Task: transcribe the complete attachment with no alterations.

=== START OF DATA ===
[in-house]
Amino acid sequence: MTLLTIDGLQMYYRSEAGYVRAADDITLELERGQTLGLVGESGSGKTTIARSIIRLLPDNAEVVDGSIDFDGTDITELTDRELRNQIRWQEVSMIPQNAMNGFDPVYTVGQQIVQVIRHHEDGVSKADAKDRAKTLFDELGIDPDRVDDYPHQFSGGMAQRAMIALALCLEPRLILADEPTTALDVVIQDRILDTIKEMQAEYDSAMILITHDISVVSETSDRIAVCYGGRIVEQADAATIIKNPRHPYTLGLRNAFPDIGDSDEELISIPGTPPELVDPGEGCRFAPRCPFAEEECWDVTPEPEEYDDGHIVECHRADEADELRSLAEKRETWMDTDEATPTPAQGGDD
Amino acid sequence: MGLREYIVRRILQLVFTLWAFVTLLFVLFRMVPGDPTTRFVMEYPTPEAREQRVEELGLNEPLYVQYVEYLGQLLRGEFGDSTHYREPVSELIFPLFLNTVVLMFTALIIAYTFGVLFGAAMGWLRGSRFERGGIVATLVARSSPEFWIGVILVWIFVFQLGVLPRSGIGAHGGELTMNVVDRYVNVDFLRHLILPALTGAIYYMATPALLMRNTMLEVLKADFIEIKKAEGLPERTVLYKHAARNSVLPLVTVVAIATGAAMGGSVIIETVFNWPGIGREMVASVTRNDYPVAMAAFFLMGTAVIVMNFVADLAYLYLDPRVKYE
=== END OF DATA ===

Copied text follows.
[in-house]
Amino acid sequence: MTLLTIDGLQMYYRSEAGYVRAADDITLELERGQTLGLVGESGSGKTTIARSIIRLLPDNAEVVDGSIDFDGTDITELTDRELRNQIRWQEVSMIPQNAMNGFDPVYTVGQQIVQVIRHHEDGVSKADAKDRAKTLFDELGIDPDRVDDYPHQFSGGMAQRAMIALALCLEPRLILADEPTTALDVVIQDRILDTIKEMQAEYDSAMILITHDISVVSETSDRIAVCYGGRIVEQADAATIIKNPRHPYTLGLRNAFPDIGDSDEELISIPGTPPELVDPGEGCRFAPRCPFAEEECWDVTPEPEEYDDGHIVECHRADEADELRSLAEKRETWMDTDEATPTPAQGGDD
Amino acid sequence: MGLREYIVRRILQLVFTLWAFVTLLFVLFRMVPGDPTTRFVMEYPTPEAREQRVEELGLNEPLYVQYVEYLGQLLRGEFGDSTHYREPVSELIFPLFLNTVVLMFTALIIAYTFGVLFGAAMGWLRGSRFERGGIVATLVARSSPEFWIGVILVWIFVFQLGVLPRSGIGAHGGELTMNVVDRYVNVDFLRHLILPALTGAIYYMATPALLMRNTMLEVLKADFIEIKKAEGLPERTVLYKHAARNSVLPLVTVVAIATGAAMGGSVIIETVFNWPGIGREMVASVTRNDYPVAMAAFFLMGTAVIVMNFVADLAYLYLDPRVKYE